I've noticed a new-to-me expression coming out in local speech more and more lately. At first there was only one person, and I thought it was a peculiarity of hers, but then I came across it more and more.
The conversation would run something like this, "Are you coming to the party on Saturday?" The other person would think for a minute and then reply, "Well, no. I was coming with Susie but she can't get."
And I am left wondering what it is that Susie can't get! The sentence demands that there is an object attached to that verb, surely? You are probably quicker on the uptake than I was the first time, and realise that they mean that Susie can't come, can't get THERE, or here or wherever.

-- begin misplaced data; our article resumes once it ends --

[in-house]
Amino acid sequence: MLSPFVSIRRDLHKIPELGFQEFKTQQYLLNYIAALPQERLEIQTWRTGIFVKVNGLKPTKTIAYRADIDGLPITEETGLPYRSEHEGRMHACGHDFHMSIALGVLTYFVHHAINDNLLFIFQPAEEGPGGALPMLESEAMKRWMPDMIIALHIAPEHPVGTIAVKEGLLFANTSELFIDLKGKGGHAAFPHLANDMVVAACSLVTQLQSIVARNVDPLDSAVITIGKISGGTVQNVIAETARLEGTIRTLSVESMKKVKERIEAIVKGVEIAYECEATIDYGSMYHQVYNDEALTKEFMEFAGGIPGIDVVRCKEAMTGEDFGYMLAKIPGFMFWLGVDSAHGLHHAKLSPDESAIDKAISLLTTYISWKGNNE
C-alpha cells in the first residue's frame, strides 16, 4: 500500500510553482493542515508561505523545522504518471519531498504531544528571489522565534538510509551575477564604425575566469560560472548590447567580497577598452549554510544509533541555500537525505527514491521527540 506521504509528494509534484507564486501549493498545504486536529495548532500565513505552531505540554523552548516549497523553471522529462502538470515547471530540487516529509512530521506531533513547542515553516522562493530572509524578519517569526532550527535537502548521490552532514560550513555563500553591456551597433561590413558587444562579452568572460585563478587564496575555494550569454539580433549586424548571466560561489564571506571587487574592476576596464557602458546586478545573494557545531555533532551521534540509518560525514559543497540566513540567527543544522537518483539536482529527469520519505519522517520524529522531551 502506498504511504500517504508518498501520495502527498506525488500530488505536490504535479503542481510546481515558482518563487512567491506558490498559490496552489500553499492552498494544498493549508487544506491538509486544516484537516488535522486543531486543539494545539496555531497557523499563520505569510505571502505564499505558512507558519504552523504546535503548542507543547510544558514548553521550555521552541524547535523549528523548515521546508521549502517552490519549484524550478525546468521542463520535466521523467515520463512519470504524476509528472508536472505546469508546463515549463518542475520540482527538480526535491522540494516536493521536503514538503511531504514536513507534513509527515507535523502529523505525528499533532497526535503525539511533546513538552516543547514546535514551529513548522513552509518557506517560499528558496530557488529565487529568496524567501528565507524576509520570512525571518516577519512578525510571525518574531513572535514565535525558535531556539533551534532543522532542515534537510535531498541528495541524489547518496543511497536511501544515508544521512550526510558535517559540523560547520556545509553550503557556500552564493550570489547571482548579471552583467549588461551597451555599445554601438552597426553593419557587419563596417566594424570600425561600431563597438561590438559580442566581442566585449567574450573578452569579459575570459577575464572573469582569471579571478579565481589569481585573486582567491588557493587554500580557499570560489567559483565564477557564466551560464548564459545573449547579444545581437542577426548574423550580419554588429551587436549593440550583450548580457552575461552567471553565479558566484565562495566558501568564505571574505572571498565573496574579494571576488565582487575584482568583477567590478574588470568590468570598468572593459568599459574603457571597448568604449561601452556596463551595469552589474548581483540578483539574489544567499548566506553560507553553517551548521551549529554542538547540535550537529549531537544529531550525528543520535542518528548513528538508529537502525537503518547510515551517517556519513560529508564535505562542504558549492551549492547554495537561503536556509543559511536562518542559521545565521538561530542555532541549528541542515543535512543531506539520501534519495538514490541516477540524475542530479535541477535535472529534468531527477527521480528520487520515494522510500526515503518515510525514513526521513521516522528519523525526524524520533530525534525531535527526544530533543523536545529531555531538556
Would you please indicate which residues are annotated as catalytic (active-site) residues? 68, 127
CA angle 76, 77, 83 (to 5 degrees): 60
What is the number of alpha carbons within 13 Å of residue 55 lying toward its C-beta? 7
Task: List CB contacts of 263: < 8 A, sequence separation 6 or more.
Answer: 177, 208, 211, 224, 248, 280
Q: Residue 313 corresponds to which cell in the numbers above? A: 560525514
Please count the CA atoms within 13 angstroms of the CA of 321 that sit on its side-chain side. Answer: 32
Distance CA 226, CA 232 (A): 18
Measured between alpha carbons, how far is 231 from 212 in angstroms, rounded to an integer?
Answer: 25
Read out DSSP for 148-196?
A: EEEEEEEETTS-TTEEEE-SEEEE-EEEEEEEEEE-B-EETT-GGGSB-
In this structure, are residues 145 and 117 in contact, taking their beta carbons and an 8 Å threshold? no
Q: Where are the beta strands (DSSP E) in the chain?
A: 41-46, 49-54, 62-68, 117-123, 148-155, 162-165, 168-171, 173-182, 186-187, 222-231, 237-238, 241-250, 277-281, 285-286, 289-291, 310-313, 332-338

Is that just a local thing here, or even an East Anglian phenomenon, or is it happening all over the place?
We are not far from the border with Norfolk and have a lot of people in our communities who speak with a slight Norfolk accent, which I love. It has all sorts of interesting words in the local speech, which make it unique. There's "int" which loosely translates as "isn't it" but not always....and "noo" instead of "new" which is how my mother used to pronounce it too. We also hear "moosick" and the Bernard Matthews [he of the turkey fame] favourite, "bootiful". It's lovely to listen to, but it does not help the children learning to spell at the school!